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This article was published 19/12/2018 (706 days ago), so information in it may no longer be current.
SAN JOSE — Like sharks in the water, the Winnipeg Jets know they have to be careful of what’s lurking when they step on the ice with a dangerous San Jose Sharks squad.
Erik Karlsson and Brent Burns are two of the most mobile, offensive defencemen in the NHL, and the pair of Norris Trophy winners have already combined for 57 points through 35 regular-season games this season. They can join the rush at any time and give the Sharks plenty of added bite on offence.
"They’re a team that’s got a veteran back end, first and foremost. They’ve got guys back there that can really skate and get up in the play. They don’t spend a lot of time in their own end," Jets defenceman Josh Morrissey said Wednesday, as his team held an off-ice workout and optional skate at SAP Center ahead of tonight’s first meeting of the season with the Pacific Division powers.
"It’s going to be a tough game, they’re playing well, they’ve got some young guys playing really well — scoring. Some veteran guys that can obviously put the puck in the net. It’s always a tough game whenever we play San Jose, so we have to be ready to go and try to bounce back from (Tuesday) night."
Winnipeg kicked off its three-game pre-Christmas road trip Tuesday with a disappointing 4-1 loss to the Los Angeles Kings in southern California. It snapped a five-game win streak for the Jets (22-10-2), who remain tied for first in the Central Division with the Nashville Predators.
San Jose (19-11-5) has won five straight games, including a 4-0 triumph in Minnesota on Tuesday. After a bit of a bumpy start, the team seems to have hit its stride.
"When you introduce a dynamic player (Karlsson, acquired in an off-season trade with the Ottawa Senators), sometimes there’s a shift and the pieces all have to make kind of a little bit of an adjustment. But they’re a powerful team, so even with a bit of a wonky start, they’re going to go on runs. They’re going to have their time where everything’s clicking, and we want to make sure we match that," Jets head coach Paul Maurice said.
He said stats show San Jose spends less time in its own end of the ice than any other NHL team.
"Well, it’s going to be an ‘A’ game in that you need to play that way if you have any chance of winning. It’s going to be really fast," Maurice said. "I thought L.A. was very, very fast — unusually quick. San Jose’s got an awful lot of speed, and they can transition so very well. You gotta play a skating game (today) or you’ll be behind it."
Winnipeg has been activating its defence more during its recent stretch of play, and Morrissey is right in the middle of it. He has three goals and eight assists over his past eight games, and admitted Wednesday he’s spent plenty of time studying the work of Karlsson and Burns.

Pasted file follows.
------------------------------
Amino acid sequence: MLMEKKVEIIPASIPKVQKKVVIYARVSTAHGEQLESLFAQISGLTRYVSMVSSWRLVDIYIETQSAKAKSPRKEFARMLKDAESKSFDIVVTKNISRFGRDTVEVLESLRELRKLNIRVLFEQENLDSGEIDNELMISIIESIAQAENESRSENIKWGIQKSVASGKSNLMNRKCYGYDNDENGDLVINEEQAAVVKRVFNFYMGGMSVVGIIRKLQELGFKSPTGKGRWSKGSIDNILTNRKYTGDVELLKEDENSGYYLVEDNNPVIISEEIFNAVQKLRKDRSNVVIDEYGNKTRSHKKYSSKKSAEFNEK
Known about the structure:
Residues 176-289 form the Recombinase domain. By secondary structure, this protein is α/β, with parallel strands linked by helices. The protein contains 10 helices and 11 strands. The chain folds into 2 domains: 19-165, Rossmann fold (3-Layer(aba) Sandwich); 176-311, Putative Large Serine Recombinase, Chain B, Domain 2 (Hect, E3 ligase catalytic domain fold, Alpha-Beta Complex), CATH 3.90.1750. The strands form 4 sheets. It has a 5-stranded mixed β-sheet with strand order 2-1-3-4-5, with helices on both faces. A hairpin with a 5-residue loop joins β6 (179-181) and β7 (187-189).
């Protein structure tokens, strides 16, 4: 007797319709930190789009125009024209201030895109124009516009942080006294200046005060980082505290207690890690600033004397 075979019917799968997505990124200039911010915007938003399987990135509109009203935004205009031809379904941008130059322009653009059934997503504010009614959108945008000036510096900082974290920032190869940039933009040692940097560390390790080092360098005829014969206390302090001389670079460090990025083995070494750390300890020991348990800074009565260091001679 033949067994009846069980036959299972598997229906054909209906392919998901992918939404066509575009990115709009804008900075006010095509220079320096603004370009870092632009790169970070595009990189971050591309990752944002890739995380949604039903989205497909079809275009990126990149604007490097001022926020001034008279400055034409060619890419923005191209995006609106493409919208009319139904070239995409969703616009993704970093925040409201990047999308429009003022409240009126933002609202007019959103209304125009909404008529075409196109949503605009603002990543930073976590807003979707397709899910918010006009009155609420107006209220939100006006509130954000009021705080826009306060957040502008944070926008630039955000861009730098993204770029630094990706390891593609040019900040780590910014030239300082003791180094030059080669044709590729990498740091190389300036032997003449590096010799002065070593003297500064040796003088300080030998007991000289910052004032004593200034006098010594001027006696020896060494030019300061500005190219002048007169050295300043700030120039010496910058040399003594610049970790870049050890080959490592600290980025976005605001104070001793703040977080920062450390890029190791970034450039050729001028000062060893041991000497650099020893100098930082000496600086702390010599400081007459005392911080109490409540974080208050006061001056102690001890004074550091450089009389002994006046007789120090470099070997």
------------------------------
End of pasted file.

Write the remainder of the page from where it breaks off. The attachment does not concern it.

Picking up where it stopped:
"I’ve definitely watched them over the last number of years. It’s fun to play against them, too, and test yourself against them and compete in the same game," Morrissey said.
"Obviously, it’s been working well right now. I think you go through stretches where things are clicking. Sometimes, it doesn’t. I feel like I’ve been working hard over the last few years to add that element to my game and not do it all overnight, but kind of gradually improve and add that element without sacrificing playing good D. Obviously, right now, it’s working, and it definitely feels good to be adding that element and get those opportunities to shine in that aspect of my game."
Morrissey said the current trend in the NHL is to have a five-player attack whenever possible by activating the blue line, but it’s all about risk management. The Sharks, he said, do it as well as any team.
"I think every team’s trying to now have that element to their game, the way the game has gone over the last number of years, how fast it is. The skilled guys that are coming in on the back end, I think it’s important to have that second wave of attack. It’s definitely something we talk about," Morrissey said.
"When you watch the Sharks play, they have some of the best guys at doing it — and they really, throughout their entire back end, have all those guys involved and they generate a lot of shots from those guys back there, too. I think it’s just a general trend in the league. You’ve got to be able to skate, and teams try to get those defencemen moving."
Maurice and Morrissey weren’t as sour on the loss to the Kings as perhaps some fans were. They were under no illusion that a victory over the last-place team in the NHL would be automatic.
"Obviously, we look at things we could do a little bit better. But they played a great game. From their goaltender out, they really committed to playing hard defence. I think the style of that game was maybe a little bit different than the last seven, eight games that we’ve played. So, I think knowing that, getting into that style of game, it was a good learning lesson to how that kind of style will look when we get future matchups like that. They played well, so we need a bounce-back," Morrissey said.
"That’s the parity in this league. If you have an off night, or sometimes it’s not even having an off night, just playing against a team that has everything click, sometimes, you’re going to have nights like that. We didn’t take them lightly by any means, but it just goes to show that any night you can win or lose in this league."
Mike McIntyre grew up wanting to be a professional wrestler. But when that dream fizzled, he put all his brawn into becoming a professional writer.